Freak is a wonderful album, made all the more special given Andrew’s remarkable talents, despite the many adversities he’s had to face throughout his adult life. His intriguing melodies, simple, honest lyrics, beautiful instrumentals and endearing vocal style have a way of burrowing into our brain and capturing our soul. I’m genuinely impressed by his imaginative songwriting and sincere musicality, and he’s a true inspiration for all who have experienced challenges, both large and small.

Follow Andrew:  Facebook / Twitter / Instagram
Stream his music:  Spotify / Soundcloud / Reverbnation
Purchase:  Bandcamp / cdbaby / Google Play

PHILIP MORGAN LEWIS – Video Premier: “Blowtorched Dreams”

Philip Morgan Lewis

It’s hard to believe that nearly two years have passed since I featured British singer/songwriter, multi-instrumentalist and producer Philip Morgan Lewis on this blog in November 2017, when I reviewed his brilliant, meticulously-crafted album Grief Harbour. The London East Ender melds alternative rock, blues, garage rock and folk influences to create his exciting, bluesy rock sound that complements his unique, raspy vocal style. Following up on Grief Harbour, he released a fun album House Works that featured eight house/EDM tracks. Now Philip is back with a bold video for his new single “Blowtorched Dreams“, which I’m honored to premier today. The single will be officially released on the 28th of October as a digital download and 7-inch vinyl.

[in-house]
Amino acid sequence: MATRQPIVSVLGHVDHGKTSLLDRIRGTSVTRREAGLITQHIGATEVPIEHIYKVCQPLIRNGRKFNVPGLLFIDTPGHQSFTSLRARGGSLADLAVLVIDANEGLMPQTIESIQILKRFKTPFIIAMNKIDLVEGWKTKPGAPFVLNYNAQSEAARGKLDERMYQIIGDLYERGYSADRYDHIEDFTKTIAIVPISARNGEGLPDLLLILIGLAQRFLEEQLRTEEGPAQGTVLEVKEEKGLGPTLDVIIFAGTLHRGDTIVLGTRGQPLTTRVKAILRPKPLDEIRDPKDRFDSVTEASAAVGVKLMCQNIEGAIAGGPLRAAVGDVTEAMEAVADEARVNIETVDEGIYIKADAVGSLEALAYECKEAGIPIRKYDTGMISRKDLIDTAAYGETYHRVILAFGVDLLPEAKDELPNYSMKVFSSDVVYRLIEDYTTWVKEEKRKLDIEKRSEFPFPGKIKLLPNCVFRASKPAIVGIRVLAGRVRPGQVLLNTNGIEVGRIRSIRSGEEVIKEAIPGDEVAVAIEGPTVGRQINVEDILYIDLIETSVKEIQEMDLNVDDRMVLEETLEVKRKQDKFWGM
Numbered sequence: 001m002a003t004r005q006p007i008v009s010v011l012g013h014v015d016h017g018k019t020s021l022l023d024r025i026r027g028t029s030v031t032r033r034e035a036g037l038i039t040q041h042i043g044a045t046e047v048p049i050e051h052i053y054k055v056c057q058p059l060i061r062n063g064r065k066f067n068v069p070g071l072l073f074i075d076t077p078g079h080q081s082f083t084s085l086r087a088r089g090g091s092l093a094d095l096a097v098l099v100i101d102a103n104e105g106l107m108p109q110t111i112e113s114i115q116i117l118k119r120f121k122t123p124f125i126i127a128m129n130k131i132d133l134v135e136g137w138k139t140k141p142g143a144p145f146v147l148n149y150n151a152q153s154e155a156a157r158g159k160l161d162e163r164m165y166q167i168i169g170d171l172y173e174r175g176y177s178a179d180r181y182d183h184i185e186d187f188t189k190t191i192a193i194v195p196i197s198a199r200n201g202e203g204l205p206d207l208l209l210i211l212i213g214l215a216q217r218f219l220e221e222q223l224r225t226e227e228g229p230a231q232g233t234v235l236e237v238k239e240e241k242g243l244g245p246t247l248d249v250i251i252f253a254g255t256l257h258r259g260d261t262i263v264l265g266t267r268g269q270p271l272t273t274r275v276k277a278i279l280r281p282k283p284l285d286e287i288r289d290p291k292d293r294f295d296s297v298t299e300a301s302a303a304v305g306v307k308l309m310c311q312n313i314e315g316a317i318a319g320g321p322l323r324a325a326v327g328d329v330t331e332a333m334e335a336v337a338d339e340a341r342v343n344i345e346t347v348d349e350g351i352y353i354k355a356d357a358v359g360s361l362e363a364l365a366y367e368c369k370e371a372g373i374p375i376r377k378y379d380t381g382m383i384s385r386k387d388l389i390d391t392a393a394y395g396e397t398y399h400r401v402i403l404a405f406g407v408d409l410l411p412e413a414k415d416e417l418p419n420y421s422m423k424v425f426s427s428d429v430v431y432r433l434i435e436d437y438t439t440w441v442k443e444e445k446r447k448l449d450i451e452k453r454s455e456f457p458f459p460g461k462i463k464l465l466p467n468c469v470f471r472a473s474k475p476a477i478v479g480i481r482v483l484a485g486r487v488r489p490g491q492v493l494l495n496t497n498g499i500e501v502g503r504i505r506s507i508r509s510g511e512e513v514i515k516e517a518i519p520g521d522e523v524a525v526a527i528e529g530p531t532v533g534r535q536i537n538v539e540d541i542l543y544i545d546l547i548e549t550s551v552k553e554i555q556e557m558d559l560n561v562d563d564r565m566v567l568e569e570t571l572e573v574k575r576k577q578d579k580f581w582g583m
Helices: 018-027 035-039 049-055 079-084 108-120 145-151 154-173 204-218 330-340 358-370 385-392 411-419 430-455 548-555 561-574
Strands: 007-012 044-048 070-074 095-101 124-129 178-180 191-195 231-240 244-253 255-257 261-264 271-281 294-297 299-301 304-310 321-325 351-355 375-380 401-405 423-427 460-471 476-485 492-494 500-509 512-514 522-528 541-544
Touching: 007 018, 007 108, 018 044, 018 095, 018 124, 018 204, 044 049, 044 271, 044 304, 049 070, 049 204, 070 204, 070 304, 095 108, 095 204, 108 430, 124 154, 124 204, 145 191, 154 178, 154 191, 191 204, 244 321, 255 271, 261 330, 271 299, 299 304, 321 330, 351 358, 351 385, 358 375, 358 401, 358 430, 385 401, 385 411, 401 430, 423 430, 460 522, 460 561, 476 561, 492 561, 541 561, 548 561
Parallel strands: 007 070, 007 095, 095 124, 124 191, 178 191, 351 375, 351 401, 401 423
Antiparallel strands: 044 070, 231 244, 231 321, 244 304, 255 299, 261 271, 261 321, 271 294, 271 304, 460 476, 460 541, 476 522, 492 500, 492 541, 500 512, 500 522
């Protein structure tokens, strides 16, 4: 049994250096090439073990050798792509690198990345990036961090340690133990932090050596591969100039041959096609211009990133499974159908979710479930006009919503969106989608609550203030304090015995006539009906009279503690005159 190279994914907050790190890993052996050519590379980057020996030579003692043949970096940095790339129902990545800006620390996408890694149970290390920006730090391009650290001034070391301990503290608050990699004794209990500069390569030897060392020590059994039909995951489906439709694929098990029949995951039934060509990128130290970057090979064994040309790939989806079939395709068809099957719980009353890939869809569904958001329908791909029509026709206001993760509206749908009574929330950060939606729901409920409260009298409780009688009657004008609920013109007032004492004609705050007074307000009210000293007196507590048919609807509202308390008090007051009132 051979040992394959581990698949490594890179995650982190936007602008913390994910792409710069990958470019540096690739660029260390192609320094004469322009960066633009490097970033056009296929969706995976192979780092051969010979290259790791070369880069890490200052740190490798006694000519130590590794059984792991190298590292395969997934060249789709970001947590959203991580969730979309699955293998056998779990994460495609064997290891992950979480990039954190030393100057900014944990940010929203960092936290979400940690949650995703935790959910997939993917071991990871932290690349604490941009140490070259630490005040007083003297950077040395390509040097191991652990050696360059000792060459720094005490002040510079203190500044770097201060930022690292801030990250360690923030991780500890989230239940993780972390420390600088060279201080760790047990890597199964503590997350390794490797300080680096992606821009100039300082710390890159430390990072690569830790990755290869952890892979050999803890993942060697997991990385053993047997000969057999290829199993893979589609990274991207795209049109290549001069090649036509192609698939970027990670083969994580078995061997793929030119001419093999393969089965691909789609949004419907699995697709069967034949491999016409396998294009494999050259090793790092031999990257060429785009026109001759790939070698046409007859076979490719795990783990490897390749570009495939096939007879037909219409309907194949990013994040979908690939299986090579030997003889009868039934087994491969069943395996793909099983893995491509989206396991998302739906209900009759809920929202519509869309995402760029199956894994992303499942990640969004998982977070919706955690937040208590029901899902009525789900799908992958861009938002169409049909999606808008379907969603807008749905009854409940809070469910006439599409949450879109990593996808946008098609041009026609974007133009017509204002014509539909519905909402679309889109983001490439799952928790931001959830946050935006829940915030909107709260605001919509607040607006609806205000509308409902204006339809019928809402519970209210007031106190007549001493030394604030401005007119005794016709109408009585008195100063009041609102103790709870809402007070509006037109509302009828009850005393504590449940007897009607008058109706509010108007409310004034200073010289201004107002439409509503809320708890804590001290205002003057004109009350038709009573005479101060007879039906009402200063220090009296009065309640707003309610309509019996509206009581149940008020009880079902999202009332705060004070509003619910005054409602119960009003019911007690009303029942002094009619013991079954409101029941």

Philip Morgan Lewis3

Philip wrote the lyrics and music, performed all the instruments and sang vocals on the track, as well as produced the song, which is being released via label TX2 Records. Backing vocals were sung by Vick E and his daughter Little A. For the recording of the track, Philip built a one-stringed instrument to play all the twangy slides, adding a rather dark country-folk vibe to his bluesy guitars and bass, all of which sound so damn good. He’s a remarkable musician and vocalist who manages to wring out every last drop of emotion with his deft, passionate guitar-playing and distinctive, raspy singing voice. When he sings of his pain, you believe every word, and the deep, almost tortured guitar work only serves to intensify those moods. It’s a brilliant track.